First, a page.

Ahmad’s wife told me that, since the war with Iraq was over, they wanted to clean the prisons of their remaining opponents before starting fresh—a new era. She started crying when she went to details: they took the prisoners and asked them if they believed in God and the prophet Mohammad—if they still had faith in Islam. If a prisoner said no, he was finished. Even if he was serving a previous sentence. Her words were interrupted by a constant sobbing: “For a month now, the meat trucks are brought to carry the dead bodies to Khavaraan.” It was the first time I heard the name Khavaraan, a deserted place several kilometers outside Tehran where they dumped dozens of hanged prisoners into mass graves.
After I hung up, I went straight to the closet to pull out a prayer rug I’d brought with me from Shiraz when I went for my father’s funeral. Shuddering under my white chador, I prayed all night that you would not be as stubborn as those who continued denying God’s existence—that you had faith in something bigger than yourself or your ideas, something that would keep you alive. Maybe even something like my love. Maybe you wouldn’t mock the goddess of love the same way you mocked God.
Eventually, when you started having long conversations with Mehrdaad’s girlfriend on the phone, with the woman whose name you would not reveal, I lost faith in the goddess too. I lost faith in my power to make you love me.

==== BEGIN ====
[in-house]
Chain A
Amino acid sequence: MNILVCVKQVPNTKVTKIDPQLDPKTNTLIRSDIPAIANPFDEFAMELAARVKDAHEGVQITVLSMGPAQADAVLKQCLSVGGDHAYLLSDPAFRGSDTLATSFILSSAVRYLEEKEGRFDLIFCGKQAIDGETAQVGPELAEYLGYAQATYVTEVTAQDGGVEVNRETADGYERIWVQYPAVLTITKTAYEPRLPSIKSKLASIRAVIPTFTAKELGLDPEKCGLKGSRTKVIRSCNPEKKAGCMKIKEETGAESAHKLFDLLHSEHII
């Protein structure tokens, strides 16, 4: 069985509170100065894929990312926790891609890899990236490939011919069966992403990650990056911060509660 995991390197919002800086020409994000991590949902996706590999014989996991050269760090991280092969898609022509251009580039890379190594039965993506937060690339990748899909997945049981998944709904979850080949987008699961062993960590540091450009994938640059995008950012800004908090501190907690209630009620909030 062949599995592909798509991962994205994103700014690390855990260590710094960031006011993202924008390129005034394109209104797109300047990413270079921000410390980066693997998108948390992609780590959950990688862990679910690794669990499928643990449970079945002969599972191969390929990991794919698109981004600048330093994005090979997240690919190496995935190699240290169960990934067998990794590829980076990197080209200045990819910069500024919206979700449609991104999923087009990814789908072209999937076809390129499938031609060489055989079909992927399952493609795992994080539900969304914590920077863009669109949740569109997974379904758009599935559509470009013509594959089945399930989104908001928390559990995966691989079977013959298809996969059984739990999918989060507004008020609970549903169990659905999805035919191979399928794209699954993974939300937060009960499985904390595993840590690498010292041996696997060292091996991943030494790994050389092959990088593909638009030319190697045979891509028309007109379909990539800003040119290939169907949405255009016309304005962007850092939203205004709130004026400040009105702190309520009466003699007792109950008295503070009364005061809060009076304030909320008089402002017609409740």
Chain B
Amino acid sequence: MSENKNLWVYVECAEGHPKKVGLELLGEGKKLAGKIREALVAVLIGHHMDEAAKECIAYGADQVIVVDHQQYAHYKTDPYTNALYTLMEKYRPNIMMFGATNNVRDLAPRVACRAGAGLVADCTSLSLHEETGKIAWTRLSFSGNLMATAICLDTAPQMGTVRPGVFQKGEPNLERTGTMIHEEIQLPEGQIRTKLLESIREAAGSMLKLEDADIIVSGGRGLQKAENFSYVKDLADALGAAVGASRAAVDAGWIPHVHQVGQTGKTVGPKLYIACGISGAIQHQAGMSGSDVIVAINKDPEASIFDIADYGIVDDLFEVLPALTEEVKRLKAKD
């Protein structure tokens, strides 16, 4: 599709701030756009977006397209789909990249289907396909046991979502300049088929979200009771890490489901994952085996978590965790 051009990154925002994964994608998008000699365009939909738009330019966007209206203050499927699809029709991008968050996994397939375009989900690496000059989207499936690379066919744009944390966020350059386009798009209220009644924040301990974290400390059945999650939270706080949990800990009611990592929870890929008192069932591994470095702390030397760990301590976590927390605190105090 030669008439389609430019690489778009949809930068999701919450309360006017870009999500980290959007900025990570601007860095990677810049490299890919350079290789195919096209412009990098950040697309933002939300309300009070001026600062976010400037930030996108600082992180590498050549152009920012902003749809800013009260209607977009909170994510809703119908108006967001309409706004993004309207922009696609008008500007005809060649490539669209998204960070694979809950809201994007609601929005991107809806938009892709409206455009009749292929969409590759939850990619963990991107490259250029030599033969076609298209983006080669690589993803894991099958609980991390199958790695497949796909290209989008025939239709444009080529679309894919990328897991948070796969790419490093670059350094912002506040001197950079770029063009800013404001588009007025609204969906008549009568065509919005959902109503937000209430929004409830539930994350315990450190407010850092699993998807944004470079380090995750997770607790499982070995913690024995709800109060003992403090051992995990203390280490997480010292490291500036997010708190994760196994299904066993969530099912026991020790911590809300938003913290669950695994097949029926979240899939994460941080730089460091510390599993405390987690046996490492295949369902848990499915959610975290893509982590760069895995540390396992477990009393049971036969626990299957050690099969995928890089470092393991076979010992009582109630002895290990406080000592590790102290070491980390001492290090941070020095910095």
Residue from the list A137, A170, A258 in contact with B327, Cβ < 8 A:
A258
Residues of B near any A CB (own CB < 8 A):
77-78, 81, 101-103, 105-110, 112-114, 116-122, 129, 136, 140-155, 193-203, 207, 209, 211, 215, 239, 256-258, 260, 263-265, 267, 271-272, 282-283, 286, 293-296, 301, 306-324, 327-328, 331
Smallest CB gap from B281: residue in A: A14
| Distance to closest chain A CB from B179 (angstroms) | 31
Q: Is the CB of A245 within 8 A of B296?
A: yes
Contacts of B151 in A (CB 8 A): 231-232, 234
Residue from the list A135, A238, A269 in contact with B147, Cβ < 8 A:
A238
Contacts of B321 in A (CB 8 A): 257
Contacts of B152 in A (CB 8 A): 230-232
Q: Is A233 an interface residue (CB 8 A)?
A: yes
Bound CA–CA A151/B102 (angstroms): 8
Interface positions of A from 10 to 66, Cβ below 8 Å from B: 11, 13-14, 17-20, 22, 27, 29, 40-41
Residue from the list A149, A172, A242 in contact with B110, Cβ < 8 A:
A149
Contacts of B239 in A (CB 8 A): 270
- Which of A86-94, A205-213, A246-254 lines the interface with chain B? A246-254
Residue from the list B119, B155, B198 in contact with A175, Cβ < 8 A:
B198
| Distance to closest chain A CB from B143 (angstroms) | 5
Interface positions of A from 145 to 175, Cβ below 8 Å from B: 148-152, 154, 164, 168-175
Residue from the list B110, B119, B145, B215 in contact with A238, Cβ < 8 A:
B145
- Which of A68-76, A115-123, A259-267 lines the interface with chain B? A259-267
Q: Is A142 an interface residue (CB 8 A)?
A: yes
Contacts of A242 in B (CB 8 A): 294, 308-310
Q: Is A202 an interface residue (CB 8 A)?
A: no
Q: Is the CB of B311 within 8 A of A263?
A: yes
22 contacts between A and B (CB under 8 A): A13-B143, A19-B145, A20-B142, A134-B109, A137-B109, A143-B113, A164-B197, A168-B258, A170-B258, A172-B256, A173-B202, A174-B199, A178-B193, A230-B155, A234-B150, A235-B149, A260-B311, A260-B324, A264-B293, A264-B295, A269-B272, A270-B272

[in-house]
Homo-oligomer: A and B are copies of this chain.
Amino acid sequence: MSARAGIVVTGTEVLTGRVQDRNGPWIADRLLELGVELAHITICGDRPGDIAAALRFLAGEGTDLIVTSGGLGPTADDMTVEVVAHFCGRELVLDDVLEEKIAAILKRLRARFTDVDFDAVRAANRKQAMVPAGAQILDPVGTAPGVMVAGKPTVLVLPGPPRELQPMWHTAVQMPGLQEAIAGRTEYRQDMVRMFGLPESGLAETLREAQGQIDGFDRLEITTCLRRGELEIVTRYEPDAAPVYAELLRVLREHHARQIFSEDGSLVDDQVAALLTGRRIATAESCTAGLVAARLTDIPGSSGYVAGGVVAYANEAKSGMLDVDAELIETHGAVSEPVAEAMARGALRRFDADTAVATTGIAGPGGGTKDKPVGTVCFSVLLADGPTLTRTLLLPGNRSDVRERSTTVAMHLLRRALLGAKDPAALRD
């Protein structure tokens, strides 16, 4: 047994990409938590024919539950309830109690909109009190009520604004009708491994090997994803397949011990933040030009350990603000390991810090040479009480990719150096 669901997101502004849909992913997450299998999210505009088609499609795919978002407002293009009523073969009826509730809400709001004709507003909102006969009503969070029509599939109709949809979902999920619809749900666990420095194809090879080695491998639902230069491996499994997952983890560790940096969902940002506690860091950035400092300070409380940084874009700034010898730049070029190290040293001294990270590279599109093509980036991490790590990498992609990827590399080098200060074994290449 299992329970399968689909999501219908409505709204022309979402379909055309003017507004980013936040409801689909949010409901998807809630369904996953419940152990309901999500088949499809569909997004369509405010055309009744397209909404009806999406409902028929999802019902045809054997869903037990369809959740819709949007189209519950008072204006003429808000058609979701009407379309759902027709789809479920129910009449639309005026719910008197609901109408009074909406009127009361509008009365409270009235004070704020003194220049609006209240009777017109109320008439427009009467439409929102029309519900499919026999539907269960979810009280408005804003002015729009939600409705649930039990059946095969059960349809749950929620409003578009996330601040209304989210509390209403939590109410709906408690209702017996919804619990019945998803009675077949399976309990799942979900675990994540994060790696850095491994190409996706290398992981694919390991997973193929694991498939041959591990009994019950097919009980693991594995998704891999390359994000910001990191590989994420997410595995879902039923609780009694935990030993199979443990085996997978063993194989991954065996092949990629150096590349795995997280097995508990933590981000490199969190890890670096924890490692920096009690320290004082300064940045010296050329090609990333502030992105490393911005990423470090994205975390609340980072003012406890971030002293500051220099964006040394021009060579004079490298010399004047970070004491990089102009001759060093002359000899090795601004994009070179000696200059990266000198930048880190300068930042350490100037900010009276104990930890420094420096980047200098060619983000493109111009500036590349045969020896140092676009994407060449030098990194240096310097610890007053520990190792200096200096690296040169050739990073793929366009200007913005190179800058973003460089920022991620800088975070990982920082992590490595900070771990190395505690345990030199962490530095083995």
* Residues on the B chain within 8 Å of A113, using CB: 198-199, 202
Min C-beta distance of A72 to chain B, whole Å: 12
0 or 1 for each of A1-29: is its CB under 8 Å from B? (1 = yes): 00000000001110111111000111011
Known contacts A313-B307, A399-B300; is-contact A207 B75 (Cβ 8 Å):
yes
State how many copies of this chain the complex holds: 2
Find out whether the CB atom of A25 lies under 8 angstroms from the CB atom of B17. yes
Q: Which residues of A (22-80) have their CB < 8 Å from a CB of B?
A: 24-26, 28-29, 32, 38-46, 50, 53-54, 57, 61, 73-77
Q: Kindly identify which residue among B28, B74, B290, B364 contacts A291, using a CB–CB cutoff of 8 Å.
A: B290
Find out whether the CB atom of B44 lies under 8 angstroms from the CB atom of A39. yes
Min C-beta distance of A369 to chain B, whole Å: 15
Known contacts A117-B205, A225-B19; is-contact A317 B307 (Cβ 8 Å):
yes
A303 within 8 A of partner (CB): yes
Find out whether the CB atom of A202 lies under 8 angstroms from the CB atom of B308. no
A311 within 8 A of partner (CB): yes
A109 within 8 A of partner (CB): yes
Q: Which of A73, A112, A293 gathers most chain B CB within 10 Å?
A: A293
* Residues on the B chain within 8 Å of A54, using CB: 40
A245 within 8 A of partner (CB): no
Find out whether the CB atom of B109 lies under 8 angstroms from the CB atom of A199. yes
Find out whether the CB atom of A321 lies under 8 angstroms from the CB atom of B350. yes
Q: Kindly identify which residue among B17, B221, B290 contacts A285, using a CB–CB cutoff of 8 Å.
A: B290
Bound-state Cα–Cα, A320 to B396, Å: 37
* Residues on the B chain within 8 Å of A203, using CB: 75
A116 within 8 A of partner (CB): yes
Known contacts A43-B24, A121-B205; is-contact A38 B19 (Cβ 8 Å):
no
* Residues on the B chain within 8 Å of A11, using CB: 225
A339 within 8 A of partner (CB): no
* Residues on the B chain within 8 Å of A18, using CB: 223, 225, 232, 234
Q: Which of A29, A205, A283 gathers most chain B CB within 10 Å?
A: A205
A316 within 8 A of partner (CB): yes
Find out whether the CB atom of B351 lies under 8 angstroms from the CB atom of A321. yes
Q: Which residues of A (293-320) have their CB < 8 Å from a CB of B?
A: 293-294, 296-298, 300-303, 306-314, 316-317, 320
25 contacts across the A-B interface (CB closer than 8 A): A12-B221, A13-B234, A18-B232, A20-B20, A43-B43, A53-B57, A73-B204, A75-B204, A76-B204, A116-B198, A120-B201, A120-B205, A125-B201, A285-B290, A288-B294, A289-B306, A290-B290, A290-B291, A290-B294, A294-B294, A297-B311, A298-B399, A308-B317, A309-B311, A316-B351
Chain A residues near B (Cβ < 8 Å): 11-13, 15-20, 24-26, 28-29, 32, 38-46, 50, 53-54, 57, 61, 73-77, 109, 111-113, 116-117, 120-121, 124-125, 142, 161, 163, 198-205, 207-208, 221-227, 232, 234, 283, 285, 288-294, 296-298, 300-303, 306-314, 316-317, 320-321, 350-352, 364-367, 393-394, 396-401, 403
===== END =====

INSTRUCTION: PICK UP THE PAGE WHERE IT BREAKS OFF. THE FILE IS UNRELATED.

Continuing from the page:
“Why do you do this?” I asked you. “Your giving advice to Mehrdaad’s girlfriend makes me feel like a stranger.”
“I promised to keep everything confidential.”
“But I am your wife,” I objected.
“Confidential—not even you,” you said with a straight face.
While you were still incarcerated, I avoided everybody’s calls. Even those from my own parents. I cut ties with my brothers and sisters. I could not answer their questions, could not tell them what was happening to you. Then came the news of my father’s death and I had to reconnect. I saw my siblings at the funeral in Shiraz. They gazed at me as if it were my fault that our father died so soon and unexpectedly. They were waiting for me to apologize to them for marrying you. Only divorcing you could count as a proper apology. When I remained silent, they gazed at me as if it were I, not father, who was dead. Recently I heard from auntie Maheen that they told everyone I had behaved boldly at dad’s funeral, wearing a green headscarf, as if I were at a wedding. I did not say that father had asked me, years ago, to wear green at his funeral. He had told me that green was my color. Remember that you shared his opinion! My siblings had also talked behind my back that I was the only one who had not shed tears. I could not remember if this were true.